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Unified fire crew moves out of Magna station due to earthquake concerns

“Do Not Cross” tape is stretched across the entrance to the Unified Fire Authority’s Station 102 in Magna on Friday, April 17, 2020. Unified officials announced Friday that the crews at the station, 8609 W. Main, will relocate to Station 111, 8215 W. 3500 South, less than 2 miles away, due to concerns over the recent increase in seismic activity in the area.
“Do Not Cross” tape is stretched across the entrance to the Unified Fire Authority’s Station 102 in Magna on Friday, April 17, 2020. Unified officials announced Friday that the crews at the station, 8609 W. Main, will relocate to Station 111, 8215 W. 3500 South, less than 2 miles away, due to concerns over the recent increase in seismic activity in the area.
Scott G Winterton, Deseret News

MAGNA — Due to concerns over the recent increase in seismic activity in the Magna area, the Unified Fire Authority has moved out of its station on Main Street.

Unified officials announced Friday that the crews at Magna Station 102, 8609 W. Main, will relocate to Magna Station 111, 8215 W. 3500 South, less than 2 miles away.

After the initial 5.7 earthquake on March 18, engineers from the Unified Fire Authority’s Urban Search and Rescue Task Force discovered minor damage at several stations around the valley. But two stations — the Magna station and Millcreek Station 112, 3608 Jupiter Drive — “experienced significant damage,” said Unified fire spokesman Matthew McFarland.

Following Thursday morning’s 4.2 aftershock, Unified Fire Chief Dan Petersen decided to relocate the crew stationed on Main Street.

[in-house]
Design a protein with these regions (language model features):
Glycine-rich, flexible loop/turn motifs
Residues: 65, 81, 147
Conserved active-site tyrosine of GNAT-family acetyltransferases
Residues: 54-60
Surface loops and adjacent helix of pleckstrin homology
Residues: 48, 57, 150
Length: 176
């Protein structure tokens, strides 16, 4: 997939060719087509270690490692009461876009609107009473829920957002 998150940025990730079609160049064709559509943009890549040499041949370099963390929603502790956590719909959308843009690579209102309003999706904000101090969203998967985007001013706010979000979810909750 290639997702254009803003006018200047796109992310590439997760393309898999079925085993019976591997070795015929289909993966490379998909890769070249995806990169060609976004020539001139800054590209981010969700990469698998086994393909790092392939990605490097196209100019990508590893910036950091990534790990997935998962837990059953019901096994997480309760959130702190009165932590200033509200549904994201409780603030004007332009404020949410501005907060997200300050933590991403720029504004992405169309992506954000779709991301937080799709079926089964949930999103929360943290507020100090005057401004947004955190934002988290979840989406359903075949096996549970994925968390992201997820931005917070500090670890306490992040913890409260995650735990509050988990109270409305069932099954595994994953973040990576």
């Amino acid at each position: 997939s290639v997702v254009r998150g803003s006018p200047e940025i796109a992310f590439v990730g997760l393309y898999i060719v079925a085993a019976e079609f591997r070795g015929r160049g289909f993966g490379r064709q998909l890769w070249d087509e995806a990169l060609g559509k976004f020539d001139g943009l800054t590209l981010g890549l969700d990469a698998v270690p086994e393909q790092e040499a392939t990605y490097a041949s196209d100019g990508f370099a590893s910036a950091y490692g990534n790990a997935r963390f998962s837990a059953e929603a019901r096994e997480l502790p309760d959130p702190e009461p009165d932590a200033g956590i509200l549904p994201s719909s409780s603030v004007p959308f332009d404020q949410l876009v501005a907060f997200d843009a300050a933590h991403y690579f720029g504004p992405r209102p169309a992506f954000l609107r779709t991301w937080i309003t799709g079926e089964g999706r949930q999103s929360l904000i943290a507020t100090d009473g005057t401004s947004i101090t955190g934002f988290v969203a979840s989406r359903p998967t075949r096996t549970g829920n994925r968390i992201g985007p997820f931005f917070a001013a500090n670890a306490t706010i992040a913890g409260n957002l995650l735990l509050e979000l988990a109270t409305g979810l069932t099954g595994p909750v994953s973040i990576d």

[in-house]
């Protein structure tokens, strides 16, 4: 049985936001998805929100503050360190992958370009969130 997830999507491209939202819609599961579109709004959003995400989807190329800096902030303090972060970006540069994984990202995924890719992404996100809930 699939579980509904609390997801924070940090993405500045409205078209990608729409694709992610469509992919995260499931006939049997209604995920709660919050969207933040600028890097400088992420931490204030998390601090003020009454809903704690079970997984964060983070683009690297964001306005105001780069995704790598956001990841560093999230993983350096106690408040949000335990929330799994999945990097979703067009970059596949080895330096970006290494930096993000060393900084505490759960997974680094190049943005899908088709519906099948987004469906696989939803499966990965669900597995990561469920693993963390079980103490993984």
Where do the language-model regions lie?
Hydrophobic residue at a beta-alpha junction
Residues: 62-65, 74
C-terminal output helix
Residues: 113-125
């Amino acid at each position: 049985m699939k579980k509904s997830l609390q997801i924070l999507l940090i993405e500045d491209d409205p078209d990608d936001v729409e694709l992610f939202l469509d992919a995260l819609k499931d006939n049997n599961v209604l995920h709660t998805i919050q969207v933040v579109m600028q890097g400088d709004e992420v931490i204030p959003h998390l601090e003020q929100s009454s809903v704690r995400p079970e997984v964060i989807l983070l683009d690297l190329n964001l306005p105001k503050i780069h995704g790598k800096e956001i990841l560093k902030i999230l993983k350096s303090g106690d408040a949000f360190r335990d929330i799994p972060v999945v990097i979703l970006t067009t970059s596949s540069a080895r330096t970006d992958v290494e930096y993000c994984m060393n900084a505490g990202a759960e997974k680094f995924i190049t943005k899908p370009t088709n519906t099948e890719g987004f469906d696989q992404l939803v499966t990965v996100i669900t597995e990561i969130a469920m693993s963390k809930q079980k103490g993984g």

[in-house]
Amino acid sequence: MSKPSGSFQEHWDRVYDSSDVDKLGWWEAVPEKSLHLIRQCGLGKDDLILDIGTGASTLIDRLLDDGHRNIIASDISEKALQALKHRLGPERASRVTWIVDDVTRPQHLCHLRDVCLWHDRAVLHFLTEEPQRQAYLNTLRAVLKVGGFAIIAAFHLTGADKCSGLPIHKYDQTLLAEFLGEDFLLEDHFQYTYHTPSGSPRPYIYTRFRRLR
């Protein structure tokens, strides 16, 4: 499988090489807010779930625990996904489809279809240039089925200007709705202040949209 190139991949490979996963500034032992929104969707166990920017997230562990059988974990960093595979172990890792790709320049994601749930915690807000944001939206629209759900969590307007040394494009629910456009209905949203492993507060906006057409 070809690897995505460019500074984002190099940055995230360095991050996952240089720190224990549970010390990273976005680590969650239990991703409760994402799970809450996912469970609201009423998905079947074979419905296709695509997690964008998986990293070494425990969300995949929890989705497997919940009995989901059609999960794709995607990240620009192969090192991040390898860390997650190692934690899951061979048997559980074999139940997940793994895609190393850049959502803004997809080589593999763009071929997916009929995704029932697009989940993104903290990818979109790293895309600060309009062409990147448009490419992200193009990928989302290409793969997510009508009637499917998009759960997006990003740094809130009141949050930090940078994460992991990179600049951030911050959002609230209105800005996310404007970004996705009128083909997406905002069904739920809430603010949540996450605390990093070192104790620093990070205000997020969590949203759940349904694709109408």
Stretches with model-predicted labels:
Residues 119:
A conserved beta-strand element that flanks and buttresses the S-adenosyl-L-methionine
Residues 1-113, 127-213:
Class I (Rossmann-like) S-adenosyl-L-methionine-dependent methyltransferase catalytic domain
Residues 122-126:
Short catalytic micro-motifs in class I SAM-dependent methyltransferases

“With the frequency and intensity of the aftershocks, along with the high probability of more according to the USGS, Petersen felt it was critical to act now to keep the crew safe and ensure UFA would be able to continue serving the residents of Magna,” according to a prepared statement from the agency.

Magna Station 102 suffered cracks in the bricks of the exterior of the building, McFarland said. There was also concern about the area above the bay doors. If the bays collapse, that could trap all the station’s fire engines and heavy equipment, and firefighters couldn’t help anyone, he said.

“While this will affect response times in the northwest portion of Magna, our crews’ safety and the ability to be available for response is of the utmost priority,” Petersen said. “I’m confident we can continue to deliver quality emergency services for the Magna community from Station 111, while ensuring the safety of our crews until the station can be further evaluated or repaired if necessary.”

Two crews and two full sets of apparatus will now work out of one fire station. Magna Station 102 had three four-member crews, so an additional four people will be at Magna Station 111 at most. McFarland said that shouldn’t be a problem as Station 111, built less than a decade ago, has three times the square footage as Station 102, built in 1979.

“The new station is substantially bigger,” he said. “Our current social distancing practices will be easy to adhere to in the new space.”

The Station 102 crew will still cover their same area. The only difference is response times for the farthest regions of Magna will be increased by about a minute, McFarland said.

The crew at the Millcreek station will remain for now, he said, but engineers are “keeping a close watch” on the building.

In August, the fire department completed a seismic study of its stations and determined that 10 needed structural retrofits. Five of those stations have been designated for replacement, McFarland said, including the Magna and Millcreek stations, in addition to Herriman Station 103, Midvale Station 125 and Eagle Mountain Station 251.

“UFA has applied for grant funds to retrofit the remaining five stations,” Unified officials said Friday.

McFarland said replacing Magna Station 102 is at the top of the department’s capital improvement project list. As of Friday, there was no estimated time frame of when that might happen. He said it is likely that Magna Station 102 will never be used again.

McFarland said responding to the residents of Magna is the highest priority of the department’s two Magna stations.

“This is for the good of everybody,” he said of the move. “It will not compromise our response in Magna.”